Encryption 101 | Protect Yourself

:beginner: Encryption 101 | Protect Yourself :beginner:

Data Encryption in 2022

This is an extensive guide on the massive world of encryption and keeping your files safe.

Disclaimer: I am by no means an expert on computer science or the inner workings of encryption. This guide is meant for those looking to gain a better understanding of what encryption is and how they can use it.

What is encryption? Why is it used?:

Encryption is the process of encoding information, converting it from its basic form, also known as plaintext, to a more advanced form, also known as ciphertext, not understood by humans. After the plaintext is turned into ciphertext, the ciphertext can then be reverted into plaintext once the recipient uses their key. Encryption is used for one reason - to enhance the security of a message or file. Encryption can be used for malicious and benevolent reasons. One can use it to keep their private banking info safe from hackers, or someone could use it to hide their illicit activities from the police.

Symmetric Encryption:

This is the most basic form of encryption. Symmetric-key encryption or just symmetric encryption is a type of encryption that uses the same key to encrypt and to decrypt data - sort of like a physical key. You can unlock something with the same key that you locked it with. Both the sender and receiver have a copy of the key. The reason that symmetric encryption is less used online, is because it’s hard to share the key with the receiver safely. The entire purpose of encryption is bypassed by sending the key unencrypted through the internet. The only safe way to share a symmetric key is to share it in-person. That’s where asymmetric encryption comes in.

Asymmetric Encryption:

This form of encryption is a little more difficult to understand, but it’s used virtually everywhere on the internet. Everybody from your email provider to Amazon uses this form to keep things like your debit card information safe. How does it work? Well, this form of encryption uses two keys instead of one. There is a public key and a private key. Think of it like a mail dropbox. Anybody that wants to can use their public key and drop information in, but only one person can use their private key that they don’t have to share with anyone to unlock the dropbox and see what other information people dropped in. The public key has no access to opening the information that was dropped in by other people. In more advanced terms, the public key can only be used to encrypt data and the private key can only be used to decrypt data. This next scenario can help you to better understand how this form of encryption works. Sally wants to send a private message to Todd but doesn’t want anyone else seeing. So, Todd shares his public key that anyone can have access to, with Sally. Sally takes this key and encrypts her message. Sally then shares her encrypted message with Todd. Then Todd uses his private key to decrypt the message that Sally encrypted with her public key. Get it?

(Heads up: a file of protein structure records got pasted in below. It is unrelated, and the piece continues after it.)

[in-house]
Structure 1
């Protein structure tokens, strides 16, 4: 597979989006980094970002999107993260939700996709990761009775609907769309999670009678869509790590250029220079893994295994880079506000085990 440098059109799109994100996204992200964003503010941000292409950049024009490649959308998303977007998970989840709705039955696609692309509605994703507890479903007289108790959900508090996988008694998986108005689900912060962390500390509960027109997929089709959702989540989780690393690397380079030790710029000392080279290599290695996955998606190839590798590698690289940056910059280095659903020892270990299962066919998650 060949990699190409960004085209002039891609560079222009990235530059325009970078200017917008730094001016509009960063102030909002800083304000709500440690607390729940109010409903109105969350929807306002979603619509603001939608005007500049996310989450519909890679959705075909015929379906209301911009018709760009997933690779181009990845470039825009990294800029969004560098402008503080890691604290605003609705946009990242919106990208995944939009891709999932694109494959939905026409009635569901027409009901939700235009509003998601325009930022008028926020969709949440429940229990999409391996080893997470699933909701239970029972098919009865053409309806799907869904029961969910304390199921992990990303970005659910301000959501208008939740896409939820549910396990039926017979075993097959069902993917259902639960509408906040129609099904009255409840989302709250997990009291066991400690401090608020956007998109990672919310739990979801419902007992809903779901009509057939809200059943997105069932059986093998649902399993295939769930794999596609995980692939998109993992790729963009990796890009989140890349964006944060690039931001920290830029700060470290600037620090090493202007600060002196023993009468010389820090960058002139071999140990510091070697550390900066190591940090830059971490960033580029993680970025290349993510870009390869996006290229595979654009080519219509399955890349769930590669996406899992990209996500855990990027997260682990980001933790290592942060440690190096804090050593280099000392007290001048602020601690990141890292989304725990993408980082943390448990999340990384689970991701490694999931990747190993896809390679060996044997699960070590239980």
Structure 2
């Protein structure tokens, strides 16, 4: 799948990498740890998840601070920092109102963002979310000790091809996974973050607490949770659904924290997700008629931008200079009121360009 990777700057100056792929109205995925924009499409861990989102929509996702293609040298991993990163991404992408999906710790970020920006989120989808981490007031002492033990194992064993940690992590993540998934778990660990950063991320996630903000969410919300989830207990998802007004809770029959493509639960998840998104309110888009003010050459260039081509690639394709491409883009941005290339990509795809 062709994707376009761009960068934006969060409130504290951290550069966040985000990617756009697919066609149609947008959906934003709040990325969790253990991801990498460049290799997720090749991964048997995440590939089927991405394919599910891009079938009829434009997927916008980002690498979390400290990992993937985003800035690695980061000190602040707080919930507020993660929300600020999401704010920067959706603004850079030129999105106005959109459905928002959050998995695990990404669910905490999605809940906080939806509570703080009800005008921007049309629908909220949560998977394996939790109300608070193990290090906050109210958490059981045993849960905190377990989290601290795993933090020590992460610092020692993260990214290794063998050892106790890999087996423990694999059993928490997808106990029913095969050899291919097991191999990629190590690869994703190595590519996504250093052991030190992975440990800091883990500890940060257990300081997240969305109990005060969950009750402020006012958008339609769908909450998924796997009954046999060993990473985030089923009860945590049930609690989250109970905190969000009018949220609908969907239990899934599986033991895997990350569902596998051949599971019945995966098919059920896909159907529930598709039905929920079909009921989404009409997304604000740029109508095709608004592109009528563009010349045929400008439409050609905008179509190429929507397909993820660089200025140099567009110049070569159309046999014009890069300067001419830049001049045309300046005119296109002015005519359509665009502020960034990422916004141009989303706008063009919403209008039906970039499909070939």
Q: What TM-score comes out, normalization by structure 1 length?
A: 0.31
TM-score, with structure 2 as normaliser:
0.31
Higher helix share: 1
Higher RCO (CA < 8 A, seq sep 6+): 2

Strongest Data Encryption Types:

Whether you use encryption to secure your personal information or to avoid the police, here are a few of the very strongest encryption algorithms in existence.

Triple Data Encryption Standard (TripleDES) - This form of data encryption algorithm applies block cipher algorithms thrice to all the data blocks individually.

Advanced Encryption Standard (AES) - This form is by far the most used type of encryption in today. Compared with TripleDES, AES is more than six times faster. A single key is used for encryption and decryption. AES is made up of 3 block ciphers where each block cipher uses cryptographic keys to perform encryption and decryption in a 128-bit block.

Rivest, Shamir, and Adleman (RSA) Security - Named after it’s three creators, this form of data encryption offers protection against cyber-attacks by detecting and responding to threats, preventing online fraud, management identification, and more. It’s data encryption is separated into two keys, a private and a public key.